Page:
Adapting epidemiologic principles to “big data”

Optum’s epidemiology experts apply the rigor of advanced epidemiologic methods to the challenges inherent in “big data”

David DoreThe term “big data” is ubiquitous these days. Within healthcare, electronic data from administrative systems and electronic health records (EHRs) are increasingly voluminous, varied and accessible. Within health care and public health, our capacity to use data has not scaled as quickly as the data themselves. Data management, processing and rapid analytics solutions are emerging and necessary to fulfill the promise of “big data.” Rapid analytics will improve the delivery of health care, especially if findings are available to stakeholders in a timely fashion.

Optum’s epidemiology experts embrace “big data” and emerging analytic tools. However, these innovations are insufficient. At Optum, we are rapidly adapting epidemiologic methods to “big data” from health plans (claims) and providers (EHRs) to characterize populations and the outcomes resulting from exposure to medical products.

We shared our recent developments via contributions to the 31st International Conference on Pharmacoepidemiology & Therapeutic Risk Management (ICPE) last week in Boston. Optum’s epidemiology team specializes in pharmacoepidemiology, which is the application of epidemiology to the study of medical products and involves observing and comparing carefully-chosen populations of patients rather than individual patients. The conference is sponsored by the International Society for Pharmacoepidemiology (ISPE), the premiere society for pharmacoepidemiology in the world, and our epidemiology team participates each year to learn alongside fellow thought leaders, researchers and industry peers.

The explosion of rich health care data presents substantial promise for epidemiologic research. However, these big data are complex, heterogeneous and come from various sources – presenting many challenges. Solutions to these challenges require understanding, managing and determining appropriate applications of the data, all of which are helped when viewed through the lens of epidemiologic principles. There is little doubt that the health system will learn from rapid summarization and visualization of data. Nevertheless, more complex tasks such as those involving characterizations of cause and effect require methodological and subject matter expertise that exceed the capability of general “big data” solutions.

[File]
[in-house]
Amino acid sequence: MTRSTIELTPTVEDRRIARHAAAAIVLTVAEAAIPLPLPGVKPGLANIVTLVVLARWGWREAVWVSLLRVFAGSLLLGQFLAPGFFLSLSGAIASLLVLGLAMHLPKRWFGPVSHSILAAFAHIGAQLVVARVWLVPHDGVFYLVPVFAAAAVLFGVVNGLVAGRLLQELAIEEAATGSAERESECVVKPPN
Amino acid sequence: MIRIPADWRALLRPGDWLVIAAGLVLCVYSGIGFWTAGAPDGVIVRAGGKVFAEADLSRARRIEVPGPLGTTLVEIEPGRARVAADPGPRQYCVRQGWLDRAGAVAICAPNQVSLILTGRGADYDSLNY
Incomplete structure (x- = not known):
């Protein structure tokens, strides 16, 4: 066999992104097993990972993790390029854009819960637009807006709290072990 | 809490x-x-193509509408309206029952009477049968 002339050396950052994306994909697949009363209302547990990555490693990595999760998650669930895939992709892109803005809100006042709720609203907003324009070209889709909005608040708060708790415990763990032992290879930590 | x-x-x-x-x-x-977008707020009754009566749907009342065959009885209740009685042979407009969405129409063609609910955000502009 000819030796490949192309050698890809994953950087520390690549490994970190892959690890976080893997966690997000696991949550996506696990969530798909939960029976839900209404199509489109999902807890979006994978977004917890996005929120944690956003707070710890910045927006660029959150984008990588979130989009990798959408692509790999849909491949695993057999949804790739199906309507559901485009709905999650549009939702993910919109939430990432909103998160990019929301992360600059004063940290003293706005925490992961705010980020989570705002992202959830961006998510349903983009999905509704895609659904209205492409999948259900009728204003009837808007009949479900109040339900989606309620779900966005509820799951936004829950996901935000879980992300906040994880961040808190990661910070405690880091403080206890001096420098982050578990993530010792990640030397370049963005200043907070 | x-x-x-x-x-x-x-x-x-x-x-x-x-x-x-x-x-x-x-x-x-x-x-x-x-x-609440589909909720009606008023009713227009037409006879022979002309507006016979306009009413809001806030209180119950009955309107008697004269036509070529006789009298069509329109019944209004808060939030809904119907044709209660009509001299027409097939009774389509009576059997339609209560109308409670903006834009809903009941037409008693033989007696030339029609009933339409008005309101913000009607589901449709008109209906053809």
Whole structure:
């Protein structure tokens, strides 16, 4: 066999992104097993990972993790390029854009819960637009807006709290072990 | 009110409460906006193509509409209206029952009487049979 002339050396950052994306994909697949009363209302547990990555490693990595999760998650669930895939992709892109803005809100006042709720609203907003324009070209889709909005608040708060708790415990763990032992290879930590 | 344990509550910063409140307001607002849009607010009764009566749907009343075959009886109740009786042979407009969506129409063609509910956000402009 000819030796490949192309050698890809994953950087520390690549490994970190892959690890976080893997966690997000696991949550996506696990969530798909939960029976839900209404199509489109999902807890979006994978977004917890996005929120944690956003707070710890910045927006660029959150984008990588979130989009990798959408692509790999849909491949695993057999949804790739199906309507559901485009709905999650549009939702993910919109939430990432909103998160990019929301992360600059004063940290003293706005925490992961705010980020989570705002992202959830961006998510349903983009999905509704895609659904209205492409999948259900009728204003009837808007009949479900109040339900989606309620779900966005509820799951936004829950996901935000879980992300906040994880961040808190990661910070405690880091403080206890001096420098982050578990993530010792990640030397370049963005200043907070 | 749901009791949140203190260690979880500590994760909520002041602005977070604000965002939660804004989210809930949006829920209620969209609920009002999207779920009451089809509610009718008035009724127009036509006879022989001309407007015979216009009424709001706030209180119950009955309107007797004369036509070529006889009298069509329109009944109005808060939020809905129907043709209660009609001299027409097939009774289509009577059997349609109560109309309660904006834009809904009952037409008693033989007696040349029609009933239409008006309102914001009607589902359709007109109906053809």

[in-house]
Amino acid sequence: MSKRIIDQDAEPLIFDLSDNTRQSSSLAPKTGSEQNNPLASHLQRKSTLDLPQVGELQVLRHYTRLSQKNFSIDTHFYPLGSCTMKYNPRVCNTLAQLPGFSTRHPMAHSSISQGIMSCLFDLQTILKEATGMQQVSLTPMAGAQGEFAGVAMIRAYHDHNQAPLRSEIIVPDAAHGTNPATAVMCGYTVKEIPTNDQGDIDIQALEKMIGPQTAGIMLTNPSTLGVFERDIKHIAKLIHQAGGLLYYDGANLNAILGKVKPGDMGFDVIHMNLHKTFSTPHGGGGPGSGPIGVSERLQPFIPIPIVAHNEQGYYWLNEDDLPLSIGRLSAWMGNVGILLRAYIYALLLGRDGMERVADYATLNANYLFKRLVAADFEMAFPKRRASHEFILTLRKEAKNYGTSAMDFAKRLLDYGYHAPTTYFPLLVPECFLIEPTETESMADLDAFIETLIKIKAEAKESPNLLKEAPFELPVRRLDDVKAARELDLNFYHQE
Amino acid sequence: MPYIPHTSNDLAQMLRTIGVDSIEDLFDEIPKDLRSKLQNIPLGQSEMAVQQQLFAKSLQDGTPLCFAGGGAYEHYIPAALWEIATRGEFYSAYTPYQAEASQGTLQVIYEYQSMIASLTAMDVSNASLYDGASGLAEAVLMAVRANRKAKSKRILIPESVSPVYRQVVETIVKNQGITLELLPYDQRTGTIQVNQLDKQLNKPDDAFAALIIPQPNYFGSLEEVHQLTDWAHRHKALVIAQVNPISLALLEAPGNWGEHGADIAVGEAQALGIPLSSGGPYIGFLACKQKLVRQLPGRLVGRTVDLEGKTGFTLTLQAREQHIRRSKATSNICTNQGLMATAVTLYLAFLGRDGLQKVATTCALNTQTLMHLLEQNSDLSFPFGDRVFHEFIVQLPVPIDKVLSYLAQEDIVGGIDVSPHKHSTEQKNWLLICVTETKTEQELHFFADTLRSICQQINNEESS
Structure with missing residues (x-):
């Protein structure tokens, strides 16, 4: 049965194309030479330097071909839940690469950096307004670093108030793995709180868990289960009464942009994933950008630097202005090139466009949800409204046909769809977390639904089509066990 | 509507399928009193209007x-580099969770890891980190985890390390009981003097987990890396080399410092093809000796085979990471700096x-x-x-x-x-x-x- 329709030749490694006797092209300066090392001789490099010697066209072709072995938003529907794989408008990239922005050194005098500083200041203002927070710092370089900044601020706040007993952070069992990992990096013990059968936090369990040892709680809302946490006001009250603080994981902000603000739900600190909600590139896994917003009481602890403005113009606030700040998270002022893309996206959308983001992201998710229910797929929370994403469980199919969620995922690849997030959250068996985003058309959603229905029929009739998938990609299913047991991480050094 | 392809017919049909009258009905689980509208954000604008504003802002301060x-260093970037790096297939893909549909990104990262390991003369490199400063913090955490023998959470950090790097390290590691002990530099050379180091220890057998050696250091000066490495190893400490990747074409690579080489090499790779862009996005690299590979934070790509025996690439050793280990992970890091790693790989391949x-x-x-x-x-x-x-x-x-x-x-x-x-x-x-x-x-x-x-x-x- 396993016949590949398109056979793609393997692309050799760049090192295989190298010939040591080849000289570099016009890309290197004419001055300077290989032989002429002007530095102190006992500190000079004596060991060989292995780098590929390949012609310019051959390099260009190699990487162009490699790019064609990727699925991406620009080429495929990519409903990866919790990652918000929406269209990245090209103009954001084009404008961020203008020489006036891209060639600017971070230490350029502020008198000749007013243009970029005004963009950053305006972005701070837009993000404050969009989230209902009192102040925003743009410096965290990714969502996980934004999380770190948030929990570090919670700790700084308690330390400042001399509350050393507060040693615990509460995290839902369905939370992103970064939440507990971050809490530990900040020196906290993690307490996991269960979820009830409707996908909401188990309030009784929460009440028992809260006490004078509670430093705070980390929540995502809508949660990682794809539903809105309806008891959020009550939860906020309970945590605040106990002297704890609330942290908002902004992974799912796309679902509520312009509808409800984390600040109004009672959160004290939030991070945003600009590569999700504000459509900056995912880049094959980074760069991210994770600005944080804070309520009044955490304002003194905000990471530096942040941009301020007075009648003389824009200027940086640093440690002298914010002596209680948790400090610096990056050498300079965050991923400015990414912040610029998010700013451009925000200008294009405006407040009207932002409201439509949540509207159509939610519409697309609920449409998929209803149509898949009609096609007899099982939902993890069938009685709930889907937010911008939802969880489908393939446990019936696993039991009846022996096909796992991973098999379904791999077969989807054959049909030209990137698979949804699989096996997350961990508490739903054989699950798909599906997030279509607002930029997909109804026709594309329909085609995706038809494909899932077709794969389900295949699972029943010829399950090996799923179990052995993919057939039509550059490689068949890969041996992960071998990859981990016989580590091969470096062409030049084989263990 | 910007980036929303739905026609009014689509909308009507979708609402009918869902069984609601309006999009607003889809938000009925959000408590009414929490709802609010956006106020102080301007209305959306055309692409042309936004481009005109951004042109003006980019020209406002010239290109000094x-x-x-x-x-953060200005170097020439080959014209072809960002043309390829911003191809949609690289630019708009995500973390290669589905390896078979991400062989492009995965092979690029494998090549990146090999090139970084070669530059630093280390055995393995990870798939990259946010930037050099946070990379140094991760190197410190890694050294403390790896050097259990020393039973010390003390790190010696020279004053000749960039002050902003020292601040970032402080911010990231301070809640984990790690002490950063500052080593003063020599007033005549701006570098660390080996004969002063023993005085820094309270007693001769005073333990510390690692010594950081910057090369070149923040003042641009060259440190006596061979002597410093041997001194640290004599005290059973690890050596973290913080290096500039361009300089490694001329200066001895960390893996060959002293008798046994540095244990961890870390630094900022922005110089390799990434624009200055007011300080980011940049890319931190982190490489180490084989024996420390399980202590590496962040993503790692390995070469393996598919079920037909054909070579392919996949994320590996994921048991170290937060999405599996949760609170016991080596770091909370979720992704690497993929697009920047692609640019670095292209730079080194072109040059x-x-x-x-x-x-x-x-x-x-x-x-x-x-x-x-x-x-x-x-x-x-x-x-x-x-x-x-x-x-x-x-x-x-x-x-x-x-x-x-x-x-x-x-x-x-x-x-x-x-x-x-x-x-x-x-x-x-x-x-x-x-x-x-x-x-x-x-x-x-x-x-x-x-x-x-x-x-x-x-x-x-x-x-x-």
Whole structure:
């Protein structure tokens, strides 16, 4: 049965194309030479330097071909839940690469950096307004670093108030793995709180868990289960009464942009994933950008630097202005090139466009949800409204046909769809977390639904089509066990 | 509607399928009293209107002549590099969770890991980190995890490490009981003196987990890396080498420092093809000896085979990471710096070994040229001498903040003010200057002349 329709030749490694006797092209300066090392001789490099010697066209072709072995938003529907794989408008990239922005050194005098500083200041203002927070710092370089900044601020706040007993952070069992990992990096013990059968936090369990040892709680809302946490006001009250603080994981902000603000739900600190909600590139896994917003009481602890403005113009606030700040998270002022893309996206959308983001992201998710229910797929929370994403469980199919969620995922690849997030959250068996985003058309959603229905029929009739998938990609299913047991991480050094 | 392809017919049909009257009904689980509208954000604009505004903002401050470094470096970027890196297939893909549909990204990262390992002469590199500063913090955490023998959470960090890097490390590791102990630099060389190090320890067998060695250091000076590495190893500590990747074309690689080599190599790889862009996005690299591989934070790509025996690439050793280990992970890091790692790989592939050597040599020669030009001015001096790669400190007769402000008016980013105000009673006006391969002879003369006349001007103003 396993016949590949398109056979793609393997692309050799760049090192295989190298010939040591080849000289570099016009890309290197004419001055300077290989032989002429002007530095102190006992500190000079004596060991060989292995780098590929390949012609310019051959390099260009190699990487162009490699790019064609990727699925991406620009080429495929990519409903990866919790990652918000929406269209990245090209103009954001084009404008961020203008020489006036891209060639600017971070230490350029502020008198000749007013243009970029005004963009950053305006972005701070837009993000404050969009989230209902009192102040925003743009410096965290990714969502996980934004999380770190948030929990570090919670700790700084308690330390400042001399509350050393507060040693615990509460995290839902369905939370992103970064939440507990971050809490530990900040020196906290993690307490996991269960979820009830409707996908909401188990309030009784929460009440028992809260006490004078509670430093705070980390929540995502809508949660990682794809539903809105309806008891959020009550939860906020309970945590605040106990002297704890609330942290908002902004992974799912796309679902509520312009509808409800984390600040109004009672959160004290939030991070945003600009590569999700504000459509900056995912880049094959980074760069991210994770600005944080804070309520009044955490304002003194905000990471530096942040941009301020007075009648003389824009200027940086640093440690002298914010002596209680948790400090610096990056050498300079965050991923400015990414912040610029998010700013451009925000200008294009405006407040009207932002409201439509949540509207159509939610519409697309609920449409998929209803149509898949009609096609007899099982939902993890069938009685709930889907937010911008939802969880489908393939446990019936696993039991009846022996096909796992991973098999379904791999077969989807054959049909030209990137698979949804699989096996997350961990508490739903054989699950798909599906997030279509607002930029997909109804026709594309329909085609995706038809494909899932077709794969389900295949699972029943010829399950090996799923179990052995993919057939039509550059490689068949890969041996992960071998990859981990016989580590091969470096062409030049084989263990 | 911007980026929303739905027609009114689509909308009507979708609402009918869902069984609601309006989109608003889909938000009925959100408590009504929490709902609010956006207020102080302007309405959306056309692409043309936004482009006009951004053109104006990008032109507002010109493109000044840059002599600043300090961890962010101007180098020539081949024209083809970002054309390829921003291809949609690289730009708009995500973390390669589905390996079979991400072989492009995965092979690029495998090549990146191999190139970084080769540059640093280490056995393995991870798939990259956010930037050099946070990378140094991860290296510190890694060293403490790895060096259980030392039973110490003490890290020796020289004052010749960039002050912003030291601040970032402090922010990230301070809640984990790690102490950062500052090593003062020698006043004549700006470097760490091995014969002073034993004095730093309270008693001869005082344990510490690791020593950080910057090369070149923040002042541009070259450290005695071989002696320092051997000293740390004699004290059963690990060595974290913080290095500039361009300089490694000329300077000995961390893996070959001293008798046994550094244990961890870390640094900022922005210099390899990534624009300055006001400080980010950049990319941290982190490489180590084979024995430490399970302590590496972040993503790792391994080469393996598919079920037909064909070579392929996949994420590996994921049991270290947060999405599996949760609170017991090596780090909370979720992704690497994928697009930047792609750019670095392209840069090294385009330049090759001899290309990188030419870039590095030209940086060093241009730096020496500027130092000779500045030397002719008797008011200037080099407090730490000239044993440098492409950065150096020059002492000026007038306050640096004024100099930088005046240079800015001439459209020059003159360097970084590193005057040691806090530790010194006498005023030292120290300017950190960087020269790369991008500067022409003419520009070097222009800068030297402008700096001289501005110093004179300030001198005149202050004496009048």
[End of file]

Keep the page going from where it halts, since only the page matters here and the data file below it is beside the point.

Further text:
At Optum, we are actively working on innovative data linkages, study designs and analytic methods to conduct sophisticated research with “big data.” The fields of health care and public health must go beyond analytics – indeed must go back to the basics of good epidemiologic practice and then forward to the realization of “big data’s” potential. At ICPE we presented a symposium on specific examples of adapting a large EHR for formal research and appreciated the chance to engage with the wider community on our progress.

Thank you to ICPE for an outstanding conference and to our industry counterparts who attended and participated. These types of forums facilitate learning and discussion, fostering new forms of collaboration that are vital to advancing the initiatives we’re working on and helping us to reflect on current goals while refining our path forward. To learn more about our group and our work, visit us at http://www.optum.com/epidemiology.

–David Dore

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